Austin Peay is fucking terrible. They gave up 49 points and almost 600 yards to Western Kentucky, who no one is picking to even win the Sun Belt this season. And Western Kentucky left nine points on the field, missing three field goals. WKU held Austin Peay to 154 yards, 68 of which came on one run. If this game is close at the half we should storm Merryman with torches and pitchforks.

So why are we playing these scrubs? Live reps for the entire depth chart, that's why. Get our receivers on the same page as LT, get the freshmen like Demitri Knowles, Kevin Asante, and Joshua Stanford some meaningful playing time to season them for a late season run, figure out what we're comfortable with in utilizing Holmes and Coleman, get Mark Leal some playing time, and just generally get better. This is a tuneup game, and as such we need to approach it with a team mentality of maximizing the gains from every snap rather than just going through the motions for four quarters. This team needs some refining, and we've now got four games to polish down the rough edges before resuming conference play.

There is a lot of talent on both sides of the ball, and Mike O'Cain has shown he won't hesitate to utilize it. (Go route from redshirt freshman for a go ahead score, anyone?) If LT settles in, the starting receivers step up (or sit down, giving up their starting spots to more eager, reliable receivers), and we find the formula for Holmes and Coleman, then this could be a special year. 

Monday, September 3, 2012

Knee Jerk Techmo Bowl Reaction

There is no overstating the importance of that ending.

The offense played like shit. It was part playcalling and part execution. They did not hold up their end of the bargain, and as a result the defense got gassed and gave up a touchdown late.

To drive the field and tie it, then come back to win it in OT is huge and could be the galvanizing event of the season.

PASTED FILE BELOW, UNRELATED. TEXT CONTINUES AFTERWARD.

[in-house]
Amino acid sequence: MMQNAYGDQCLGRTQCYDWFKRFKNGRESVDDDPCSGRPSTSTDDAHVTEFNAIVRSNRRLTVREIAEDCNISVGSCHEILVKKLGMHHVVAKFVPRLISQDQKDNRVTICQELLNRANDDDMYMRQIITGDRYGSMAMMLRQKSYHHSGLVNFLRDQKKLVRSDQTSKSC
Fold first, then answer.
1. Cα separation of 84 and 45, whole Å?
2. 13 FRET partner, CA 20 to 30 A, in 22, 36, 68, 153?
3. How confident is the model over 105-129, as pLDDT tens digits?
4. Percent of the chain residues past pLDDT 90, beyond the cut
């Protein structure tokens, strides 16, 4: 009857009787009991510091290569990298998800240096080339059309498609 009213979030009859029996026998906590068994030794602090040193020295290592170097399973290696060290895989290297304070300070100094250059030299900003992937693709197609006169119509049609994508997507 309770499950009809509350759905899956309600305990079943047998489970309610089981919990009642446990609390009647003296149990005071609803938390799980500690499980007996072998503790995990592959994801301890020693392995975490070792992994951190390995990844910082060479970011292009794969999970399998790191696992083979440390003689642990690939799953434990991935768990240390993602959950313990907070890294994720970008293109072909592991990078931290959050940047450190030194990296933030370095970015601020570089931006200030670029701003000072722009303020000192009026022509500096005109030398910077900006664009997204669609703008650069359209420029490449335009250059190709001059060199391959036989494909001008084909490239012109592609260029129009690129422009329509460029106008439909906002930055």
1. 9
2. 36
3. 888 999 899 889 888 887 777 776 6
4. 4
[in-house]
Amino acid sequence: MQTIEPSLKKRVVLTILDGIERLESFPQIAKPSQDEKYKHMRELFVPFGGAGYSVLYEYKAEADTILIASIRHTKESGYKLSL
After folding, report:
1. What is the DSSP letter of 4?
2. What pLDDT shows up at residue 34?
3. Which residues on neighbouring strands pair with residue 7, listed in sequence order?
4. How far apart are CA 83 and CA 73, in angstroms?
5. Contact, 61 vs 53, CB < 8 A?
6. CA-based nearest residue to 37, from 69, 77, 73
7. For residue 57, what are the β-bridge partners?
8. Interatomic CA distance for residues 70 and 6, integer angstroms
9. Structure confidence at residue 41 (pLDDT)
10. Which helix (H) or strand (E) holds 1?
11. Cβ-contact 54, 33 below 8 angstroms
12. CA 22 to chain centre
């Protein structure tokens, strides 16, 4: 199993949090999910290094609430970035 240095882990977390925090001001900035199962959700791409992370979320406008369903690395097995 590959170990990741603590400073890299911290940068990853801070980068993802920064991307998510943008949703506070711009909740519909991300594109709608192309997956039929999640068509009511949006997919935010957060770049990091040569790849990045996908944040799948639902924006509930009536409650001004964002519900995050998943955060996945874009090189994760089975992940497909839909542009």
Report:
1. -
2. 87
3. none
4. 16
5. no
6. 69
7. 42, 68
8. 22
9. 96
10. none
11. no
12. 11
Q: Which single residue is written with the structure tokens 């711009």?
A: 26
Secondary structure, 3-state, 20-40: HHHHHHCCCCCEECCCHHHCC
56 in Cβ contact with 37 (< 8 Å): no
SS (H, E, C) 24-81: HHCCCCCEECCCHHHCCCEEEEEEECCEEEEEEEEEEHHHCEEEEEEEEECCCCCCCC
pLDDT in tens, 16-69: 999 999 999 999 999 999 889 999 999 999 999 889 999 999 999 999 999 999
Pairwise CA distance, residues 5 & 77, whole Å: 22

I'll break this one down hardcore later, and there is a LOT to talk about. It also looks like we're down two starting wide receivers. It looks like a medical redshirt for DJ Coles and that injury to Marcus Davis looked severe. But we'll deal with that later.

One hell of a win.

Techmo Bowl Open Thread

Post thoughts and reactions here.

Saturday, September 1, 2012

Techmo Bowl Preview

These assholes again?

I am so sick of the Bees and their bullshit service academy offense. I'm tired of their cut/chop/hack/slash blocking. I'm tired of every goddam Gah Tech fan explaining the difference between a cut block and an illegal chop block because their team relies so extensively on kneecapping the opponent that they have to know which career ending blocks are technically legal. I'm really fucking tired of Paul Johnson. Is it just me, or does this guy look like Coach Beiste from Glee?

I can see it.
Yes, I watch Glee. Fuck you.

So we start with a conference game against the team that is probably our biggest divisional rival. It's hard to tell, because short of having a team that can actually beat you on a semi regular basis  to keep a rivalry interesting it's kind of hard to figure out who is your rival is. But they beat us once a few years ago and have played us close, so I'll count them.

Last season in Atlanta, Logan Thomas made Al Groh's defense his bitch even by Virginia Tech standards and made us actually imagine an offense consisting entirely of QB sneaks. It was the first time since PJ had taken the reins at Georgia Tech that the Techmo Bowl had been decided by more than a touchdown and showcased what L-Train's Chuck and Truck offense could really look like. We dropped 476 total yards on the Fightin' Chopblockers and literally frustrated their best defender to the point that he punched our quarterback in the head while he was wearing his helmet. Now as luck would have it we get to unveil Chuck and Truck 2.0 against Al Groh and the Sweatshirt Defense. More spread, more speed, and...get this...an offensive line that features zero converted tight ends.

And in case you haven't heard, it's supposed to rain. A lot. Worsham Field will be sloppier than HokieJayBee at an open bar reception.

So who does that favor? Conventional wisdom says inclement weather favors the running team, but punch conventional wisdom in the mouth because Georgia Tech isn't a regular running team. They're a special running team, because they run the triple option. And outside of the fullback dive, the single most important feature of the triple option is the slotback pitch. And there is nothing we'd rather see Georgia Tech do in a steady downpour than start tossing the football around like a game of hot potato.

I'm not sure how the weather will affect our offense, because I don't know what the hell our offense is yet. Supposedly we're going to be more of an up-tempo spread with a healthy does of misdirection. We'll see. But probably not this week, with Isaac pissing all over Lane Stadium. But who cares? We'll have other weeks to dissect this offense and see how legit the changes are. This is the Techmo Bowl.